The World Before Your Feet




A film in which walking the streets takes on a wholly new meaning.

World Before Your Feet, The


Embedded within this documentary is a mini-biopic of its central figure, Matt Green now aged 37 and living in New York. This aspect emerges bit by bit as we meet his parents in Virginia, his brother and two former girlfriends whose relationships with him failed even though one of them became his fiancée. What wrecked both relationships was the fact that Matt, while the most amiable of men, has an obsession which dominates to such a degree that it has become central to his life. Once, back in 2010, he spent five months walking across America but that was no more than a precursor. For the past six years or more and having given up a job as a civil engineer he has devoted himself to walking the streets of New York with the aim of covering every block in the five boroughs. This occupation has taken over to the extent that he has no abode of his own preferring to stay with friends or in the homes of those who employ him as a sitter for their cat or dog. As for food, he largely gets by on such basics as rice and beans. All of this is to enable him to walk 8000 miles or more observing New York City, taking photographs and blogging about what he has seen.


His is such an extraordinary life that one feels that the film ought to have investigated his history and what makes him tick, but the biopic element is brief and relatively superficial. Instead Jeremy Workman's film sets out to invite the viewer to share Matt Green's eye and to relish what he observes of nature and of the city. For some that may be satisfying in itself especially if they are familiar with New York City and consequently better able to appreciate the details that fill the film. But, while Matt embraces the idea of walking at random and is happy with that, for the filmmaker to adopt that same approach is to my mind terribly limiting. The film is well photographed but it continually jumps around from place to place and back and forth in time. There is no sense at all of the contrasted features of each borough and very limited quotations from the historical research that accompanies Matt's blog. He speaks readily to those he meets but their exchanges are mainly banal rather than illuminating. Two other comparable walkers are seen but they appear very briefly even though one, Garnette Cadogan, being black and from Jamaica, is able to comment on how his appearance makes him need to take an approach when walking the city that is very different to Matt's.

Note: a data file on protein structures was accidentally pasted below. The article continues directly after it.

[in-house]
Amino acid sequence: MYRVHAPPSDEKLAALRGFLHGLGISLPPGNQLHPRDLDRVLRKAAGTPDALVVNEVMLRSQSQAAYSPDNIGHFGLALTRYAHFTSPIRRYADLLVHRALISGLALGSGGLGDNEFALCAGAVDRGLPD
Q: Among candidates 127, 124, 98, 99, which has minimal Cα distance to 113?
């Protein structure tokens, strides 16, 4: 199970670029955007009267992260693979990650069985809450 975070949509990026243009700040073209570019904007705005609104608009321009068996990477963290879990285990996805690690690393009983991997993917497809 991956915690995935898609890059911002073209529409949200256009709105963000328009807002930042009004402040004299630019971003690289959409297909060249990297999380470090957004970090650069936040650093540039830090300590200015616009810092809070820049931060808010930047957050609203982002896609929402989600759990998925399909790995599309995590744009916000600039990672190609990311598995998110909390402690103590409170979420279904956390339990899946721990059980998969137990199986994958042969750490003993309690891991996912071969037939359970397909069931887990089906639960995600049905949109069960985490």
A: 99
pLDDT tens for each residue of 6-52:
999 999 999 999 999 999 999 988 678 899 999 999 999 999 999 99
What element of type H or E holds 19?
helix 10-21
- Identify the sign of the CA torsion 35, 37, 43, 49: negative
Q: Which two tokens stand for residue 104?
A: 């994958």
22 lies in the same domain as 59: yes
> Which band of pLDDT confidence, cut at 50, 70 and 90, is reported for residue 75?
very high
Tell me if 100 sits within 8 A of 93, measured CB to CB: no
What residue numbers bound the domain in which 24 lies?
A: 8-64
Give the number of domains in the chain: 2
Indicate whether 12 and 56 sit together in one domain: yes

The World Before Your Feet is certainly idiosyncratic and no run-of-the-mill documentary and, since it is the brave first choice of a new streaming platform, True Story, it is to be hoped that many will find it more rewarding than I did. It does have the unusual virtue of improving in its later stages becoming less bitty and incorporating longer set sequences (one focuses on a single day in Manhattan, another brings together visits to numerous cemeteries in the city). Yet for me this served to underline the lack of structure earlier - but Matt Green is certainly a man who has opted to devote himself to finding something that he loves doing and there may be many people who on seeing this film will be inspired by that.




Featuring  Matt Green, Garnette Cadogan, William Helmreich, Nicky RodrĂ­guez, Carolyn Bricklin-Small, Barry Green, Miriam Green, Jonathan Green, Jason Eppink, Daniel Fleischer.


Dir Jeremy Workman, Pro Jeremy Workman, Screenplay Jeremy Workman, Ph Jeremy Workman, Ed Jeremy Workman, Music Carly Comando, Tom Rosenthal, Max Avery Lichtenstein, Helen Jane Long and Rhonda Mackert.


Greenwich Entertainment/Wheelhouse Creative-True Story.
95 mins. USA. 2018. Rel: 27 November 2020. Available on True Story. No Cert.